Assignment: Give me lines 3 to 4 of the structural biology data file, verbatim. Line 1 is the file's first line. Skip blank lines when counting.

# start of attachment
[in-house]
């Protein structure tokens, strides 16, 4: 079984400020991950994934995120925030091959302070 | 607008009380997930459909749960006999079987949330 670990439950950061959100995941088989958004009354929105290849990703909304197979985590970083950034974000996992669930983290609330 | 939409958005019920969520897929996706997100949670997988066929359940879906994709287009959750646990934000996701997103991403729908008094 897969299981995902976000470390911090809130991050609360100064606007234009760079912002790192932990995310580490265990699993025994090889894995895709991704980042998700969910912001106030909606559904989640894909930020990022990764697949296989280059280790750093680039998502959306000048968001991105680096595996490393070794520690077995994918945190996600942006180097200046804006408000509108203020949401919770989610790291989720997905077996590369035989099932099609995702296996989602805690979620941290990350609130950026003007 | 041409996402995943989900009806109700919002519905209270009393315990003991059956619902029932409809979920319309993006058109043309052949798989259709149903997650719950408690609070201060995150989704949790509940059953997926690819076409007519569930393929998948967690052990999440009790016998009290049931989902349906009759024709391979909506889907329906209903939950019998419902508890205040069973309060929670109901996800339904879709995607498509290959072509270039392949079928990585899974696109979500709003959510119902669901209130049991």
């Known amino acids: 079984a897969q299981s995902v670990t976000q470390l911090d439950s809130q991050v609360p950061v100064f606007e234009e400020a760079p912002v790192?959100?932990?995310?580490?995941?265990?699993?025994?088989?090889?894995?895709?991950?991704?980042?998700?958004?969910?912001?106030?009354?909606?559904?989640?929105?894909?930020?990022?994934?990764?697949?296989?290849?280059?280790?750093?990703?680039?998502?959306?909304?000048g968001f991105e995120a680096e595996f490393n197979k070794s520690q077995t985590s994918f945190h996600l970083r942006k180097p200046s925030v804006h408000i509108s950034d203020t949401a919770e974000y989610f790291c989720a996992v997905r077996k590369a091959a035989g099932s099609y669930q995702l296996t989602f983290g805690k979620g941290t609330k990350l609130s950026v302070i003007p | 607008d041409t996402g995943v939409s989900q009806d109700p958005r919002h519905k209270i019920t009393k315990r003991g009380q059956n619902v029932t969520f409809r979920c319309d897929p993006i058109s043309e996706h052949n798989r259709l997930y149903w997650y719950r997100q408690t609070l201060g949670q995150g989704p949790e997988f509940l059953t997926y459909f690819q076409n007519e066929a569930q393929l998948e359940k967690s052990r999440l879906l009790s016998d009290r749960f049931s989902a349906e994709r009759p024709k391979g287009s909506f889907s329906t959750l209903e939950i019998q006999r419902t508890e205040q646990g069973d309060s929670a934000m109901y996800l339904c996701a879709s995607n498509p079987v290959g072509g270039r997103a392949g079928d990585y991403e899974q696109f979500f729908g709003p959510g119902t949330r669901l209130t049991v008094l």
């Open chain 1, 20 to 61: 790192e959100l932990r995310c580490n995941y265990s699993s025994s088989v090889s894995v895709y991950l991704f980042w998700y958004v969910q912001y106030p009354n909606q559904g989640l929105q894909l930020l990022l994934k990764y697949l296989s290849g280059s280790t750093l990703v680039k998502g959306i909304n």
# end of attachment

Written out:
């Known amino acids: 079984a897969q299981s995902v670990t976000q470390l911090d439950s809130q991050v609360p950061v100064f606007e234009e400020a760079p912002v790192?959100?932990?995310?580490?995941?265990?699993?025994?088989?090889?894995?895709?991950?991704?980042?998700?958004?969910?912001?106030?009354?909606?559904?989640?929105?894909?930020?990022?994934?990764?697949?296989?290849?280059?280790?750093?990703?680039?998502?959306?909304?000048g968001f991105e995120a680096e595996f490393n197979k070794s520690q077995t985590s994918f945190h996600l970083r942006k180097p200046s925030v804006h408000i509108s950034d203020t949401a919770e974000y989610f790291c989720a996992v997905r077996k590369a091959a035989g099932s099609y669930q995702l296996t989602f983290g805690k979620g941290t609330k990350l609130s950026v302070i003007p | 607008d041409t996402g995943v939409s989900q009806d109700p958005r919002h519905k209270i019920t009393k315990r003991g009380q059956n619902v029932t969520f409809r979920c319309d897929p993006i058109s043309e996706h052949n798989r259709l997930y149903w997650y719950r997100q408690t609070l201060g949670q995150g989704p949790e997988f509940l059953t997926y459909f690819q076409n007519e066929a569930q393929l998948e359940k967690s052990r999440l879906l009790s016998d009290r749960f049931s989902a349906e994709r009759p024709k391979g287009s909506f889907s329906t959750l209903e939950i019998q006999r419902t508890e205040q646990g069973d309060s929670a934000m109901y996800l339904c996701a879709s995607n498509p079987v290959g072509g270039r997103a392949g079928d990585y991403e899974q696109f979500f729908g709003p959510g119902t949330r669901l209130t049991v008094l």
């Open chain 1, 20 to 61: 790192e959100l932990r995310c580490n995941y265990s699993s025994s088989v090889s894995v895709y991950l991704f980042w998700y958004v969910q912001y106030p009354n909606q559904g989640l929105q894909l930020l990022l994934k990764y697949l296989s290849g280059s280790t750093l990703v680039k998502g959306i909304n």